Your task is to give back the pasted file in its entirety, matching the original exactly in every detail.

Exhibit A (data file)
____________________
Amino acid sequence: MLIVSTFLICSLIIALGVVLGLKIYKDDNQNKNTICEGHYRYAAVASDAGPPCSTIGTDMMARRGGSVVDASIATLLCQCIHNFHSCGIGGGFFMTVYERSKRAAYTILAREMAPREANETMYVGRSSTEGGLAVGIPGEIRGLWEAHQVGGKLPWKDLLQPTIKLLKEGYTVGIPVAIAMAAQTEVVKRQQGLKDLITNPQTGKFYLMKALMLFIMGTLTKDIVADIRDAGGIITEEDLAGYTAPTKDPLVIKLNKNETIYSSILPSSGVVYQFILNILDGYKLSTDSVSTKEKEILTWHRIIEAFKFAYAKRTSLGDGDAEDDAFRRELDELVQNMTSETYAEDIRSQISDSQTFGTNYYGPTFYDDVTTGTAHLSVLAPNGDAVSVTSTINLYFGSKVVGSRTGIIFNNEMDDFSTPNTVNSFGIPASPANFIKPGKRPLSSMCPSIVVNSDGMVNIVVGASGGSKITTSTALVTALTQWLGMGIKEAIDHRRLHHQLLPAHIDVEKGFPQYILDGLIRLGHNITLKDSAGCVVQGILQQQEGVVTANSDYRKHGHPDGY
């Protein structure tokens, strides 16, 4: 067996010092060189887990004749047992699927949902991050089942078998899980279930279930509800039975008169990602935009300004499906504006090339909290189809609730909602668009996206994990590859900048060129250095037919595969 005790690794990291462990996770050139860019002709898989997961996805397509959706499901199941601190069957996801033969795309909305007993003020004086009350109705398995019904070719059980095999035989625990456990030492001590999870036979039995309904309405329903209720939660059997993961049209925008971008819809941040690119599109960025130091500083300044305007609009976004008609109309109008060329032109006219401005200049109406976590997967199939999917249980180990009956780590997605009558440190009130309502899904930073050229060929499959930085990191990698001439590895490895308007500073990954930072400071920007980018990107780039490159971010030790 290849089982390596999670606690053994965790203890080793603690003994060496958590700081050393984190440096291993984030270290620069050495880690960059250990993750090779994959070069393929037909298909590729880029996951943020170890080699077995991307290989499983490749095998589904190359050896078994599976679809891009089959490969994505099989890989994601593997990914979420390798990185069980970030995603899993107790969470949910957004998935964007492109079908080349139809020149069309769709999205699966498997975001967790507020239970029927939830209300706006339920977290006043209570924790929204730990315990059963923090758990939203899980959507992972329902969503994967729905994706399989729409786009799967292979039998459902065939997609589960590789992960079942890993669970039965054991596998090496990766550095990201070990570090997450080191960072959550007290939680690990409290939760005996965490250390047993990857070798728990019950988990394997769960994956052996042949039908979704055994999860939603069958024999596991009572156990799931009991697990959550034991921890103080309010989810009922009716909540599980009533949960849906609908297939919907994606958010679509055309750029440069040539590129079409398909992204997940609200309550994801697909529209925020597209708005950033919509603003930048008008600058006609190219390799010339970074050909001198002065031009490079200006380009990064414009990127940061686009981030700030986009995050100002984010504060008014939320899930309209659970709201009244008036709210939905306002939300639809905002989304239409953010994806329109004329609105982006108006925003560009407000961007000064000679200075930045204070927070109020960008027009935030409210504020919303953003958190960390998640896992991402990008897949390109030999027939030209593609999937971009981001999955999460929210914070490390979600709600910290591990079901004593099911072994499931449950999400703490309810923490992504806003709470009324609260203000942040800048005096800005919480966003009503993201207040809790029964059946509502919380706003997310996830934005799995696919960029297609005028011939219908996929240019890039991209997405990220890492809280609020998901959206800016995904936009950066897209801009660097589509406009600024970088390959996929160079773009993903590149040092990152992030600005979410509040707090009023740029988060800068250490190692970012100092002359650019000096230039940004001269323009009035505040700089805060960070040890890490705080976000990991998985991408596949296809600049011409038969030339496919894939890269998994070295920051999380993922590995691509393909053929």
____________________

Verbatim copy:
Amino acid sequence: MLIVSTFLICSLIIALGVVLGLKIYKDDNQNKNTICEGHYRYAAVASDAGPPCSTIGTDMMARRGGSVVDASIATLLCQCIHNFHSCGIGGGFFMTVYERSKRAAYTILAREMAPREANETMYVGRSSTEGGLAVGIPGEIRGLWEAHQVGGKLPWKDLLQPTIKLLKEGYTVGIPVAIAMAAQTEVVKRQQGLKDLITNPQTGKFYLMKALMLFIMGTLTKDIVADIRDAGGIITEEDLAGYTAPTKDPLVIKLNKNETIYSSILPSSGVVYQFILNILDGYKLSTDSVSTKEKEILTWHRIIEAFKFAYAKRTSLGDGDAEDDAFRRELDELVQNMTSETYAEDIRSQISDSQTFGTNYYGPTFYDDVTTGTAHLSVLAPNGDAVSVTSTINLYFGSKVVGSRTGIIFNNEMDDFSTPNTVNSFGIPASPANFIKPGKRPLSSMCPSIVVNSDGMVNIVVGASGGSKITTSTALVTALTQWLGMGIKEAIDHRRLHHQLLPAHIDVEKGFPQYILDGLIRLGHNITLKDSAGCVVQGILQQQEGVVTANSDYRKHGHPDGY
């Protein structure tokens, strides 16, 4: 067996010092060189887990004749047992699927949902991050089942078998899980279930279930509800039975008169990602935009300004499906504006090339909290189809609730909602668009996206994990590859900048060129250095037919595969 005790690794990291462990996770050139860019002709898989997961996805397509959706499901199941601190069957996801033969795309909305007993003020004086009350109705398995019904070719059980095999035989625990456990030492001590999870036979039995309904309405329903209720939660059997993961049209925008971008819809941040690119599109960025130091500083300044305007609009976004008609109309109008060329032109006219401005200049109406976590997967199939999917249980180990009956780590997605009558440190009130309502899904930073050229060929499959930085990191990698001439590895490895308007500073990954930072400071920007980018990107780039490159971010030790 290849089982390596999670606690053994965790203890080793603690003994060496958590700081050393984190440096291993984030270290620069050495880690960059250990993750090779994959070069393929037909298909590729880029996951943020170890080699077995991307290989499983490749095998589904190359050896078994599976679809891009089959490969994505099989890989994601593997990914979420390798990185069980970030995603899993107790969470949910957004998935964007492109079908080349139809020149069309769709999205699966498997975001967790507020239970029927939830209300706006339920977290006043209570924790929204730990315990059963923090758990939203899980959507992972329902969503994967729905994706399989729409786009799967292979039998459902065939997609589960590789992960079942890993669970039965054991596998090496990766550095990201070990570090997450080191960072959550007290939680690990409290939760005996965490250390047993990857070798728990019950988990394997769960994956052996042949039908979704055994999860939603069958024999596991009572156990799931009991697990959550034991921890103080309010989810009922009716909540599980009533949960849906609908297939919907994606958010679509055309750029440069040539590129079409398909992204997940609200309550994801697909529209925020597209708005950033919509603003930048008008600058006609190219390799010339970074050909001198002065031009490079200006380009990064414009990127940061686009981030700030986009995050100002984010504060008014939320899930309209659970709201009244008036709210939905306002939300639809905002989304239409953010994806329109004329609105982006108006925003560009407000961007000064000679200075930045204070927070109020960008027009935030409210504020919303953003958190960390998640896992991402990008897949390109030999027939030209593609999937971009981001999955999460929210914070490390979600709600910290591990079901004593099911072994499931449950999400703490309810923490992504806003709470009324609260203000942040800048005096800005919480966003009503993201207040809790029964059946509502919380706003997310996830934005799995696919960029297609005028011939219908996929240019890039991209997405990220890492809280609020998901959206800016995904936009950066897209801009660097589509406009600024970088390959996929160079773009993903590149040092990152992030600005979410509040707090009023740029988060800068250490190692970012100092002359650019000096230039940004001269323009009035505040700089805060960070040890890490705080976000990991998985991408596949296809600049011409038969030339496919894939890269998994070295920051999380993922590995691509393909053929």